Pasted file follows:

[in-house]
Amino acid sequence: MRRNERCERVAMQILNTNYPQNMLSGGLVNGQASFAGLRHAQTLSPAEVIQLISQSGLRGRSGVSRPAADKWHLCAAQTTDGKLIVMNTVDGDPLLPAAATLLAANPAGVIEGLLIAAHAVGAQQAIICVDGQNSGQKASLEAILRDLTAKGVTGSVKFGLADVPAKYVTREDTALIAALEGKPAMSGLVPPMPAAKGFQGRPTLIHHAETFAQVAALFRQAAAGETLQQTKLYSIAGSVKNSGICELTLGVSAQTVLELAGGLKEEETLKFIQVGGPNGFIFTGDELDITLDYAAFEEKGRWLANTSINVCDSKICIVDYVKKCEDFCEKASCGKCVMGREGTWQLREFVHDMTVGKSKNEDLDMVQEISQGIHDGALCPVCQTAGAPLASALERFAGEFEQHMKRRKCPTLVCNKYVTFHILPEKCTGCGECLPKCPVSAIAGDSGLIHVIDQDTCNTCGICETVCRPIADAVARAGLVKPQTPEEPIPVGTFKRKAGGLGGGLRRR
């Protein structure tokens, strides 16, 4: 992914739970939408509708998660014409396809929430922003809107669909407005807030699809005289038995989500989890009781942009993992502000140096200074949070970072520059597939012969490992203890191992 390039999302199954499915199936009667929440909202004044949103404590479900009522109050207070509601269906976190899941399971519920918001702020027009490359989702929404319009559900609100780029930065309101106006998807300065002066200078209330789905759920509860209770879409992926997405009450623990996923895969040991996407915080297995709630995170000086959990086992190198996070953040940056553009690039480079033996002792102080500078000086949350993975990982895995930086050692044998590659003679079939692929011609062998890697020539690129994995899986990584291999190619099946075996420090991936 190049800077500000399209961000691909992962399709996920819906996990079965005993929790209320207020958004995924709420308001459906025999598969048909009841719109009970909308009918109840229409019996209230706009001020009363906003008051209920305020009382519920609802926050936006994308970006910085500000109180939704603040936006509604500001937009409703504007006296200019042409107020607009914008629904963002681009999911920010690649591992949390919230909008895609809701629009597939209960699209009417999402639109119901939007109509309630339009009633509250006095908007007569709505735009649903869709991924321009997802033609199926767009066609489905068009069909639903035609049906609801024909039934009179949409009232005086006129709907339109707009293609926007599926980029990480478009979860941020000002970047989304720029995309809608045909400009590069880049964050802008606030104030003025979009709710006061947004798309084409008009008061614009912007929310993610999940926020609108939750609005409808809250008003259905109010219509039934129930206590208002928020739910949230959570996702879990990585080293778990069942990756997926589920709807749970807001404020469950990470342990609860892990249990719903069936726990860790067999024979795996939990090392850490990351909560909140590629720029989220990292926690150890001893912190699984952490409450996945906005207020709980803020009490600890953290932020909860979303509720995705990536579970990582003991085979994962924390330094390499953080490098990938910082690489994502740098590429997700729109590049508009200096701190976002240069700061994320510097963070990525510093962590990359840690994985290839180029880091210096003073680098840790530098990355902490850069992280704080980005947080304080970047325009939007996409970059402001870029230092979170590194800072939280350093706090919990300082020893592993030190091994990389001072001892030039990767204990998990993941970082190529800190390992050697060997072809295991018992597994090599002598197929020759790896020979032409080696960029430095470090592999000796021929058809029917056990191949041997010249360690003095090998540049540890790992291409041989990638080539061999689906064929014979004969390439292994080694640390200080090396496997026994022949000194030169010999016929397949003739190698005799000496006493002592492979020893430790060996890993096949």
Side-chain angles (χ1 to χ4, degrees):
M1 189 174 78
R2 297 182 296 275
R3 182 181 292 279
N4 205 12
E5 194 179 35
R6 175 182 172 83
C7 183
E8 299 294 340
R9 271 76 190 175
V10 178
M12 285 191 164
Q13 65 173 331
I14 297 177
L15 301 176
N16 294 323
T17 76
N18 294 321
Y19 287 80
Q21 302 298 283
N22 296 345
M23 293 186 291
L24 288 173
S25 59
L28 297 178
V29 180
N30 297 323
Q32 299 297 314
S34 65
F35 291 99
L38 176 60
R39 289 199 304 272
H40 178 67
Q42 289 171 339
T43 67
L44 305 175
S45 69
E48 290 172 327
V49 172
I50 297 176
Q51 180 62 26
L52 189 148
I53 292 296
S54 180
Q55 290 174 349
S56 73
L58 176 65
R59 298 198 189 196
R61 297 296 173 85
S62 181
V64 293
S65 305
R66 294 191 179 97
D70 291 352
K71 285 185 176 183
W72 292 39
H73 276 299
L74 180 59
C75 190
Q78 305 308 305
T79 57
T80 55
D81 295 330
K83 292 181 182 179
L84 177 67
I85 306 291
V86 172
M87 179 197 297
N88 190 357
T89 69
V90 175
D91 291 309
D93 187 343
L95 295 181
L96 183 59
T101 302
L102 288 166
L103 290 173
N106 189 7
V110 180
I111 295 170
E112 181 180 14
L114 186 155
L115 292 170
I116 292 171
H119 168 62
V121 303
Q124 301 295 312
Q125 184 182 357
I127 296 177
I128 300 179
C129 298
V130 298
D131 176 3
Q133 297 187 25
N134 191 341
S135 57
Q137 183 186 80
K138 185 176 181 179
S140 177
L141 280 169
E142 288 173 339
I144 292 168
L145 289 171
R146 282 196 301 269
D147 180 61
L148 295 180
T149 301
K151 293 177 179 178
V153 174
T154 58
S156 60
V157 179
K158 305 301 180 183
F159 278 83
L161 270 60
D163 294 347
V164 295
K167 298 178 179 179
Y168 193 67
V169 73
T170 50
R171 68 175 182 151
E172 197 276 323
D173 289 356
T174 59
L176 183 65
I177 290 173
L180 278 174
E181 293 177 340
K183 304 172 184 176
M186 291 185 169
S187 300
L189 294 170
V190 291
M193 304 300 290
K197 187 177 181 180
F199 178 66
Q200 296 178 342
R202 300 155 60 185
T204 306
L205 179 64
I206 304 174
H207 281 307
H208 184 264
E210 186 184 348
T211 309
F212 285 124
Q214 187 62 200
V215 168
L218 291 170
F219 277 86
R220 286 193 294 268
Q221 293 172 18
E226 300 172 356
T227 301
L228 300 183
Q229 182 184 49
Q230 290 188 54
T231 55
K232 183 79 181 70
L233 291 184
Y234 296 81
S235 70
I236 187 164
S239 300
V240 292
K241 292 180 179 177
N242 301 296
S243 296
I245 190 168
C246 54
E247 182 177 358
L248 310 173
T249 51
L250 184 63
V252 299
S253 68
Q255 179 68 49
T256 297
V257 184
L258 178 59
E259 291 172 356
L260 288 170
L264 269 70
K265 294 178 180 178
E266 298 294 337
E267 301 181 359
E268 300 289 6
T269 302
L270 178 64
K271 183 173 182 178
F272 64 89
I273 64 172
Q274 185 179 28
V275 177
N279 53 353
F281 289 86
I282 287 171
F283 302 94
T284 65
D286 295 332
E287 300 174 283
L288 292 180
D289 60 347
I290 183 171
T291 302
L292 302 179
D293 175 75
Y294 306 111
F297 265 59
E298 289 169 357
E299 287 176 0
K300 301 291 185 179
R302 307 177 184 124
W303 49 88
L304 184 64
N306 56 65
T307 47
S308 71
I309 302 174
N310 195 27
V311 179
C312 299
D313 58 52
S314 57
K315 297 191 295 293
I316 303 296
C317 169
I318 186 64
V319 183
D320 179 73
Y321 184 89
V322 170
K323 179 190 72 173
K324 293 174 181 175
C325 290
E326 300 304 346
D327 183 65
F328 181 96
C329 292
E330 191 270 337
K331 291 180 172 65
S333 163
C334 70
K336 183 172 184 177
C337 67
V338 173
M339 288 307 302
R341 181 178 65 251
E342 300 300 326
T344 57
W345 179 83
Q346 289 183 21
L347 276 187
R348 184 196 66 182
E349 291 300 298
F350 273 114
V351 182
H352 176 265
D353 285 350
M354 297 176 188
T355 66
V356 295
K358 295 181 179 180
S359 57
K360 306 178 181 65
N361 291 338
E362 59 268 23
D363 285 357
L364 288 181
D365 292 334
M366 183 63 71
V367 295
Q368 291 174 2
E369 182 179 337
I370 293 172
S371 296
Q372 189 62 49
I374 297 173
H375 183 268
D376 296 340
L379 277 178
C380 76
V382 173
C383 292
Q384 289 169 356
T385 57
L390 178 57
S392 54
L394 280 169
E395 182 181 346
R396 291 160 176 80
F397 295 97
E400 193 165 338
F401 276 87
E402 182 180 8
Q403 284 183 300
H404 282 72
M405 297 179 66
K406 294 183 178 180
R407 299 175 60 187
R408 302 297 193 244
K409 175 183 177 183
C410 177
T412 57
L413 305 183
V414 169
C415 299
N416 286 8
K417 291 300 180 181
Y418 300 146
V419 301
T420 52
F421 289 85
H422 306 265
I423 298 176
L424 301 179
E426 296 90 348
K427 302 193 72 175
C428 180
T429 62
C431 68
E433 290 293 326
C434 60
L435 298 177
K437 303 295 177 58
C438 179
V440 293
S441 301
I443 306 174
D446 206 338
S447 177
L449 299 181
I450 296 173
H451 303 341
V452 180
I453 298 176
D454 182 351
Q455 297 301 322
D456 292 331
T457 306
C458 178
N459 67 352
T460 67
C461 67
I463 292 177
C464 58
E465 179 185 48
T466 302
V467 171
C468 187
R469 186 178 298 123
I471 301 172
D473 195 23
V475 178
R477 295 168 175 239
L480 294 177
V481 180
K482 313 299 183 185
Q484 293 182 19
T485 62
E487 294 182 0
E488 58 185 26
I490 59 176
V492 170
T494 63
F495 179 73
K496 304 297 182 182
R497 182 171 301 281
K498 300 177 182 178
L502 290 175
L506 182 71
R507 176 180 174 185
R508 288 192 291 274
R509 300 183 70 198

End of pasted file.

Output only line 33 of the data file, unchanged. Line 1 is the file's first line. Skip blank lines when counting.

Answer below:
F35 291 99